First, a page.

Cause&Effect

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Harald Motz

Level 6 Valued Member
Certified Instructor
@Jared_G_85 : did not make the standards. This would take grit, grip, strength, endurance, pain tolerance. This is seriously tough.

sunday morning:
06-08-17.PNG
running - 14km - 97min - 138avg/150max - 8,6km/h

Running is good, it's easy breathing, available almost everywhere at anytime. Starting slowly, getting into homeostasis for some time, the last 5-10min just some walking and shaking to come down. No need to have music on the ears, as I would "need" it when I was on the rower for instance. I am getting some springiness into my legs, and get some high rep calve work in. running is "functional" too. When hard lifting is like meat, than some reasonable endurance are the vegetables. A few years ago I ran regularly, so it is not that new for me, but new for me is this easy base work at lower hr, which is worth every step.


s&s 06-08-17.PNG
S&S - 48kg - 1h swing 7rx16 - get up 1rx10 - 28min - 146avg/159max
 
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Kettlebelephant

Level 7 Valued Member
This is impressive how you can build so much muscles and get such an impressive physique while eating "so much carbs and so few proteins". Congratulations :)
"Quark" has ~12-14g protein per 100g and eating 250g-500g per serving is common. Harald even mentions the 500g he eats. That's ~65g of protein. Add the omelett in the evening (6 eggs =~45g protein) and you're already at ~110g.
Nuts have a god amount of protein, so does bread (3-5g per slice on average) and cheese or oats.
Just from the example day he was so kind to provide, you can estimate that he's getting somewhere between 130 and 180g of protein per day (~150 average). Given his weight of 180lbs (82Kg), those 150g are almost at the "2g per pound of bodyweight"-mark which is widely accepted to be a good norm for weightlifting people/people who want to gain mass.
There are debates how much protein you really need (for hypertrophy) from as low as 0.8g per 1Kg of bodyweight up to 3g per 1Kg of bodyweight, but that's better discussed in a different thread and not this one.
@pet' you see though, that just because he isn't eating tons of meat and/or chugging down a lot of shakes, Harald is in no way eating "so few proteins" :)
 

Harald Motz

Level 6 Valued Member
Certified Instructor
@Harry Westgate thank you very much, this physical culture thing is is so vast, it starts with the basic body and then some really great tools. It's a good fortune to learn at SF about timeless principles, and to learn from the forum. Some skill work, some a&a, bit of running.
Longevity and consistency is key, keeping the long view in mind.
 

Harry Westgate

Level 6 Valued Member
@Harald Motz I concur. I'm trying to look at the long term picture more and more these days. Longevity, to the point where I'm able to maintain a high level of strength, skill and conditioning for many decades to come.

I believe I'm paraphrasing @aciampa who once said to me once that as a young man in my 20s, the best thing I can do is look at my training and health in terms of years and decades, rather than weeks and months.

My recent implementation of this ideology has included not trying to chase down Sinister or similar goals in a massive hurry like I have done in the past, but rather trying to get there slow and steady in order to avoid any injuries that may come back to haunt me later on.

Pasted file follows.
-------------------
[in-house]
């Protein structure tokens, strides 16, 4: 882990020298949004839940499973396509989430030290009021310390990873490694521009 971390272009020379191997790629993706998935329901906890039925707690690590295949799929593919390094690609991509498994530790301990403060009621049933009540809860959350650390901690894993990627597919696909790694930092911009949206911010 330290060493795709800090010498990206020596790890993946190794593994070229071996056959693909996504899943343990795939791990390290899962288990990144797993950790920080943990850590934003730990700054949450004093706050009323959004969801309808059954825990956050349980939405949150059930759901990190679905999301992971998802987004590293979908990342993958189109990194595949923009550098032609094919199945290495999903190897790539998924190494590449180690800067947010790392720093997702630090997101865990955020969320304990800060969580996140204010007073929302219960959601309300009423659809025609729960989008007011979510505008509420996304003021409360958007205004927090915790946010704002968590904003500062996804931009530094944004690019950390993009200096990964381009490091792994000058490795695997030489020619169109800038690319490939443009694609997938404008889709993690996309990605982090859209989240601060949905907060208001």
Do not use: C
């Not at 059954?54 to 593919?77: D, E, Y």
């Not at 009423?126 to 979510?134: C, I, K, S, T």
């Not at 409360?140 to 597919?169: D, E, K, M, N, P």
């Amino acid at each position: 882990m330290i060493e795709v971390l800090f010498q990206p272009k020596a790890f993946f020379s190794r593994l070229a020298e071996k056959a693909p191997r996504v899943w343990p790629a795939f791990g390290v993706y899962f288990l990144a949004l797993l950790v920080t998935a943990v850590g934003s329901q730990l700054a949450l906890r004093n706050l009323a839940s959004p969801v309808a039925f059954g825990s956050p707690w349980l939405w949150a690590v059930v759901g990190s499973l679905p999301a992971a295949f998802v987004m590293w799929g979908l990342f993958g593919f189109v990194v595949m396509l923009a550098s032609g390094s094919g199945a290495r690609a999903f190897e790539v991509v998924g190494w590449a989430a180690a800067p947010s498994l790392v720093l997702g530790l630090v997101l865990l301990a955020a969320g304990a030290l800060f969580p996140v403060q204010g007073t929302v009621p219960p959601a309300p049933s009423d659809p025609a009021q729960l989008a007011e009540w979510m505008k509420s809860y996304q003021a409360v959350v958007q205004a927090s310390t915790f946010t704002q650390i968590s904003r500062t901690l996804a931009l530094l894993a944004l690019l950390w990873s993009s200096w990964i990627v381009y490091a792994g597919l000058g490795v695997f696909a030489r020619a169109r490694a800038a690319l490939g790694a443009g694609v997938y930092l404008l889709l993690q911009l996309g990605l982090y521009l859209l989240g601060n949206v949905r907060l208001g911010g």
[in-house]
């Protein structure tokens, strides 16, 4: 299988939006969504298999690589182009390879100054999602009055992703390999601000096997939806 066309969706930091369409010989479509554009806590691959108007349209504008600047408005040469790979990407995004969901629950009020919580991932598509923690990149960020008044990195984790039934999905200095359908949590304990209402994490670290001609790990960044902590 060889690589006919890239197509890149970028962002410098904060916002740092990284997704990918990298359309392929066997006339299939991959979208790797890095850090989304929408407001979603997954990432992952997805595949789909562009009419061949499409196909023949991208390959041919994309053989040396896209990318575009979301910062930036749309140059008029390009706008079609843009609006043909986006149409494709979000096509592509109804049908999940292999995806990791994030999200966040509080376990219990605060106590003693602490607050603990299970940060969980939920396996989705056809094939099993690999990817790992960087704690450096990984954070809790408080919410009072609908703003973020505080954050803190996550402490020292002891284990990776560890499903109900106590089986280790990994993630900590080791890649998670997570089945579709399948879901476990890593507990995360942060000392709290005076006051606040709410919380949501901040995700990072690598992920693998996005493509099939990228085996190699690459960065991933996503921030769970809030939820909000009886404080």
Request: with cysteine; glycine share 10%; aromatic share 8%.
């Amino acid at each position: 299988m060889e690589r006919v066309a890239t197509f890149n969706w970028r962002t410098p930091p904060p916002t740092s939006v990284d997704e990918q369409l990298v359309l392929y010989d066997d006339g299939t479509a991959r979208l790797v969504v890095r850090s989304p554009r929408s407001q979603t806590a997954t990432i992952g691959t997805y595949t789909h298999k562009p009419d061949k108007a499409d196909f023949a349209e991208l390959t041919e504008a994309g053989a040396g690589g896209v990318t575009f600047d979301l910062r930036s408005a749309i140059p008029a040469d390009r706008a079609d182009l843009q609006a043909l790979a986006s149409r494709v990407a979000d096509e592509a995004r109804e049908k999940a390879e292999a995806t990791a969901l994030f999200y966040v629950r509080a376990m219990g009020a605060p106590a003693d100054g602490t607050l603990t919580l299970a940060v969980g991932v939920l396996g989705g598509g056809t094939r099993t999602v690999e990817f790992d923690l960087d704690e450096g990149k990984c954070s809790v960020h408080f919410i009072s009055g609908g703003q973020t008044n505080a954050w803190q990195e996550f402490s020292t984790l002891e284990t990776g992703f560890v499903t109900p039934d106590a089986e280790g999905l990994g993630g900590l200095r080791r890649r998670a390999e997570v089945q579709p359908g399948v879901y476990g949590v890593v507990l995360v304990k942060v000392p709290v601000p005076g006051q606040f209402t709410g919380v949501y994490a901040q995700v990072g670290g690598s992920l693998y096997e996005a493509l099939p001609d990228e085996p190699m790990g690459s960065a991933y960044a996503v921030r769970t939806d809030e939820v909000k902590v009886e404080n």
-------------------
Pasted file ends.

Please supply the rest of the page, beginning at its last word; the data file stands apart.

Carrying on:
*Edited to add:

I hope for my best years to always be ahead; never behind me.
 

Harald Motz

Level 6 Valued Member
Certified Instructor
well explained @Kettlebelephant. I think protein I get enoug. A good amount of 250g outs into delicious cinnamon milk porridge provides over 30g also. And lots of fiber. Good carbs. Whole grain bread also gives some protein. And good hydration.


But seriously I don't want to build a theory about eating habits. There are like with lifting some basics one can rely on. Some have 3 meals some do intermittent fasting, others never have breakfast. A matter of habit.

Appearance is mostly the outcome of my training. And some calories of course.
 

SolidBrawn

Level 5 Valued Member
@Harald Motz I love reading your Journal and would also like to say, since living in Germany the last 2.5 years, Quark has become a staple in my diet as well. I'd be lost without it.
 

Harald Motz

Level 6 Valued Member
Certified Instructor
my last weeks practice looked like this:

23-08-18.PNG
1h snatch - 40kg 5reps/30repeats - 40min - 139avg/154max

or:
26-08-17.PNG
simple&sinister
1h swing 48kg 10reps x 10repeats
Get up 48kg 1r x 10repeats
25min - 129/143

and a run of around an hour in the evening:
26-08-2017.PNG
running - 65min - 10,04km - 9,3km/h - 139avg/145max

in essence, daily a+a single bell work and some aerobic running.

Quark has become a staple in my diet as well. I'd be lost without it.
Quark macht stark.
 

Harald Motz

Level 6 Valued Member
Certified Instructor
@Tobias Wissmueller : mein Favorit zur Zeit ist Magerquark mit ausgepresstem Zitronensaft und etwas Honig. Ich rühre mir davon 1-2kg Quark an, und fülle damit grosse Gläser und stelle sie in den Kühlschrank.

@elli : Milch macht müde Männer munter!
 
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elli

Level 9 Valued Member
Den Spruch kenne ich ;)
In meiner 'Quarkzeit' habe ich gerne Zimt untergemischt und Rosinen - für die Kombi 'Eiweiß mit schnellen Transporterkohlenhydraten', das hieß gleichzeitig, dass ich auf andere Süßungsmittel verzichten konnte.
 
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